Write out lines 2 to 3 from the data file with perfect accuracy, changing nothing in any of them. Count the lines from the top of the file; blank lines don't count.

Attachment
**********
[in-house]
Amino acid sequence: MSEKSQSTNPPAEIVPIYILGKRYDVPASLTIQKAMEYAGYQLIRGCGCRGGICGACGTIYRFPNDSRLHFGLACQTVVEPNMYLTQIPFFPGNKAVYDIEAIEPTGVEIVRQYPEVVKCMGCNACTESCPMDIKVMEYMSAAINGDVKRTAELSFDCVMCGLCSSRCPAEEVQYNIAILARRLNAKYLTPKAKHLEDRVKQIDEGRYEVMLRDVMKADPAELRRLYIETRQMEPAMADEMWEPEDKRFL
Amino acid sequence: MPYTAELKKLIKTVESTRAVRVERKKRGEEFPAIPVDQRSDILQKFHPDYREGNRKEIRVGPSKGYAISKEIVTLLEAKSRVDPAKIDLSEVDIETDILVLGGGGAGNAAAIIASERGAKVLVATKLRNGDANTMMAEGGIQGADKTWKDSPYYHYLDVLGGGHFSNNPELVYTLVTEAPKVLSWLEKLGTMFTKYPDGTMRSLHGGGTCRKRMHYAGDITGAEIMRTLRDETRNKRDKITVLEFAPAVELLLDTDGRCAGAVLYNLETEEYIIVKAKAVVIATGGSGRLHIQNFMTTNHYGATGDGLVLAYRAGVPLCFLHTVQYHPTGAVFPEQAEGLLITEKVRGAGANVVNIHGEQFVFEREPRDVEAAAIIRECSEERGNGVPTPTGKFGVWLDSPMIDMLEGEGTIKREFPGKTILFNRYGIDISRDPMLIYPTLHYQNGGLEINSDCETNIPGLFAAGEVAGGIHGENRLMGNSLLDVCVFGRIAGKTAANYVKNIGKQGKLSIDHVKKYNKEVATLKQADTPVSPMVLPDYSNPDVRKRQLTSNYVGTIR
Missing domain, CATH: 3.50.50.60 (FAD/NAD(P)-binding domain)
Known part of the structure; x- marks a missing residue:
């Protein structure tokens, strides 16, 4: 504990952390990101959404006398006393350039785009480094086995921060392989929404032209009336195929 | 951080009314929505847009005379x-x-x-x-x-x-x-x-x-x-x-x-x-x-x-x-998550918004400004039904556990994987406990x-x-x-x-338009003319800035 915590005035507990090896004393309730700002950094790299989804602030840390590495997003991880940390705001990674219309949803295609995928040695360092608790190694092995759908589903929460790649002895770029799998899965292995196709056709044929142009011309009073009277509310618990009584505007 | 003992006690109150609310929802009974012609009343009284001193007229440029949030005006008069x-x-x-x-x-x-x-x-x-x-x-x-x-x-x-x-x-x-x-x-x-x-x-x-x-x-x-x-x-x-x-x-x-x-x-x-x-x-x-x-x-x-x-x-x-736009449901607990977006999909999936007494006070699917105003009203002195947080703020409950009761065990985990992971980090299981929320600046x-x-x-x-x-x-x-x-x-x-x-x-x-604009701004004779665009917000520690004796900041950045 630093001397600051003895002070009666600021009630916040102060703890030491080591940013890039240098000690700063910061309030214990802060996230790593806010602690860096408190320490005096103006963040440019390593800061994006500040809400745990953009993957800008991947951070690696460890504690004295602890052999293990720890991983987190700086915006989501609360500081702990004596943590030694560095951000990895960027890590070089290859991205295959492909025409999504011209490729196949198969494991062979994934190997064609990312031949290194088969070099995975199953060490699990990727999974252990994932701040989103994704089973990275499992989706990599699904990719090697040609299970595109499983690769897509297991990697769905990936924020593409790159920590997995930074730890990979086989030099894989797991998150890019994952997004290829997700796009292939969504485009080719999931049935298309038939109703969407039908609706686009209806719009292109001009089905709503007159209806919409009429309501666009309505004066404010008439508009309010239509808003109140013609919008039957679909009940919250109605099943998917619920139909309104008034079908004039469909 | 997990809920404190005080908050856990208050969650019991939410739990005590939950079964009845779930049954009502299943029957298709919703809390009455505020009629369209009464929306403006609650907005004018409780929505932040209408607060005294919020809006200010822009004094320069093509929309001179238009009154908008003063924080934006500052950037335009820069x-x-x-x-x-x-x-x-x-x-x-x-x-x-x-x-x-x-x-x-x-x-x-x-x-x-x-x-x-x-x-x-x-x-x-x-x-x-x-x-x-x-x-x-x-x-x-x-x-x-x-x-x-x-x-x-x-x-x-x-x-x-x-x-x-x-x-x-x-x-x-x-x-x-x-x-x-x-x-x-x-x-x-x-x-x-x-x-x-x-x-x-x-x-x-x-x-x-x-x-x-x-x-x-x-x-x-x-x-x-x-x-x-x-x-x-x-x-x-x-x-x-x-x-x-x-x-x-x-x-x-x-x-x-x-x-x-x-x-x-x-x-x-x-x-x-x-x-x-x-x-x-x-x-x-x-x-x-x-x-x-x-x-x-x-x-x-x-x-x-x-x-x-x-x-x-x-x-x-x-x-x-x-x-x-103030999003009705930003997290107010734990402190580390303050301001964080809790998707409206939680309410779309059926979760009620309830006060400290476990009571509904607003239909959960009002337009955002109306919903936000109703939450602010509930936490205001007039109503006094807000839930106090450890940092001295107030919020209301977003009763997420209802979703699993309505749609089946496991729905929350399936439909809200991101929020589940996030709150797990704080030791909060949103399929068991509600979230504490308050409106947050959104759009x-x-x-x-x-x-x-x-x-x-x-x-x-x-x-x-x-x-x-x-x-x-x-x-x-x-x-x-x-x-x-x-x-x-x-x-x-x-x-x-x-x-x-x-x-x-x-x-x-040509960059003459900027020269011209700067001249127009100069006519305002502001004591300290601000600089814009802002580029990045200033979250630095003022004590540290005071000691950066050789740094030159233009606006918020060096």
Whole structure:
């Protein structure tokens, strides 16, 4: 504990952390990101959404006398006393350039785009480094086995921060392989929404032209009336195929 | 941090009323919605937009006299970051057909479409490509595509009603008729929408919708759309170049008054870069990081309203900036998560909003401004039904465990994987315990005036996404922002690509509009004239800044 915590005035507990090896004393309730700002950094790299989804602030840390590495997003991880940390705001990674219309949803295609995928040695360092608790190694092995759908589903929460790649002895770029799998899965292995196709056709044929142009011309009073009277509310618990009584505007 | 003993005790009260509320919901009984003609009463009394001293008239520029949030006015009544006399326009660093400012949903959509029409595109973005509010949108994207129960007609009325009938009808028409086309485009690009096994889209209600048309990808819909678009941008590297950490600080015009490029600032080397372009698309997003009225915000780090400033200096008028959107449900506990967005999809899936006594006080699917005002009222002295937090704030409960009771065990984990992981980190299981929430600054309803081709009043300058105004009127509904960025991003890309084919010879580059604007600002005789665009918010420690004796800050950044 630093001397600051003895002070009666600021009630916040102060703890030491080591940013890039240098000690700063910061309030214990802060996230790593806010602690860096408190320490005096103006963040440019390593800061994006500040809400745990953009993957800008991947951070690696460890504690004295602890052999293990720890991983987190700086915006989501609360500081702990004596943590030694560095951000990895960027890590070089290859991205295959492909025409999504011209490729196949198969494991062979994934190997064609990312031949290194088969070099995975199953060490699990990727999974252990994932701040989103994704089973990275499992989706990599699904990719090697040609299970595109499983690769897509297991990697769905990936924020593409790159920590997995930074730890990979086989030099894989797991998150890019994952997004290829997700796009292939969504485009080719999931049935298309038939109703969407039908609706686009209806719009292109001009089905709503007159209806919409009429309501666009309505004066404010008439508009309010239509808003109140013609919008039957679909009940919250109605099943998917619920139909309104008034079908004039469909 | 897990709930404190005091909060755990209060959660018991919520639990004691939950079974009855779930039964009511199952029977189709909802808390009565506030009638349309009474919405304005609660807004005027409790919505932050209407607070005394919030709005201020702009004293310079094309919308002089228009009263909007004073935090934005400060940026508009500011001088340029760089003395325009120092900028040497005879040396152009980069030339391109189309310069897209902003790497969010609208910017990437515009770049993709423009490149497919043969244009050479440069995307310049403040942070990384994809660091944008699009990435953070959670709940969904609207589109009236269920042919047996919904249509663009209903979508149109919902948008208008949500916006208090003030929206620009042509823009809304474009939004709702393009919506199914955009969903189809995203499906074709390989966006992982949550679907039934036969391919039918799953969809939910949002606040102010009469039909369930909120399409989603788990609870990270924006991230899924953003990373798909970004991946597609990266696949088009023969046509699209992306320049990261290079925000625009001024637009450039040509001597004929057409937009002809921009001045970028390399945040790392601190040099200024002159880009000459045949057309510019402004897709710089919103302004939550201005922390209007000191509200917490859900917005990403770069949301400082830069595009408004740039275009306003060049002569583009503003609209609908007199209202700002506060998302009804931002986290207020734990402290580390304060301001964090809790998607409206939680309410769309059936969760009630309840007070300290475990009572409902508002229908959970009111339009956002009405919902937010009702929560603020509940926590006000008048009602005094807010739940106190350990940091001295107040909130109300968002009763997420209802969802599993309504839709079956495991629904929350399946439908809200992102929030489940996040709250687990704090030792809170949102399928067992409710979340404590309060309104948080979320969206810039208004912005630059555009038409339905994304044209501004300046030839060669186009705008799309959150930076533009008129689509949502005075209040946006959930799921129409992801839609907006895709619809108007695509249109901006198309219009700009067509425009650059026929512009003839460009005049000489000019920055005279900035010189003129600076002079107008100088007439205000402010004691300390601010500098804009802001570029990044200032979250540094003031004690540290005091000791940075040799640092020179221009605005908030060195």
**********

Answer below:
Amino acid sequence: MSEKSQSTNPPAEIVPIYILGKRYDVPASLTIQKAMEYAGYQLIRGCGCRGGICGACGTIYRFPNDSRLHFGLACQTVVEPNMYLTQIPFFPGNKAVYDIEAIEPTGVEIVRQYPEVVKCMGCNACTESCPMDIKVMEYMSAAINGDVKRTAELSFDCVMCGLCSSRCPAEEVQYNIAILARRLNAKYLTPKAKHLEDRVKQIDEGRYEVMLRDVMKADPAELRRLYIETRQMEPAMADEMWEPEDKRFL
Amino acid sequence: MPYTAELKKLIKTVESTRAVRVERKKRGEEFPAIPVDQRSDILQKFHPDYREGNRKEIRVGPSKGYAISKEIVTLLEAKSRVDPAKIDLSEVDIETDILVLGGGGAGNAAAIIASERGAKVLVATKLRNGDANTMMAEGGIQGADKTWKDSPYYHYLDVLGGGHFSNNPELVYTLVTEAPKVLSWLEKLGTMFTKYPDGTMRSLHGGGTCRKRMHYAGDITGAEIMRTLRDETRNKRDKITVLEFAPAVELLLDTDGRCAGAVLYNLETEEYIIVKAKAVVIATGGSGRLHIQNFMTTNHYGATGDGLVLAYRAGVPLCFLHTVQYHPTGAVFPEQAEGLLITEKVRGAGANVVNIHGEQFVFEREPRDVEAAAIIRECSEERGNGVPTPTGKFGVWLDSPMIDMLEGEGTIKREFPGKTILFNRYGIDISRDPMLIYPTLHYQNGGLEINSDCETNIPGLFAAGEVAGGIHGENRLMGNSLLDVCVFGRIAGKTAANYVKNIGKQGKLSIDHVKKYNKEVATLKQADTPVSPMVLPDYSNPDVRKRQLTSNYVGTIR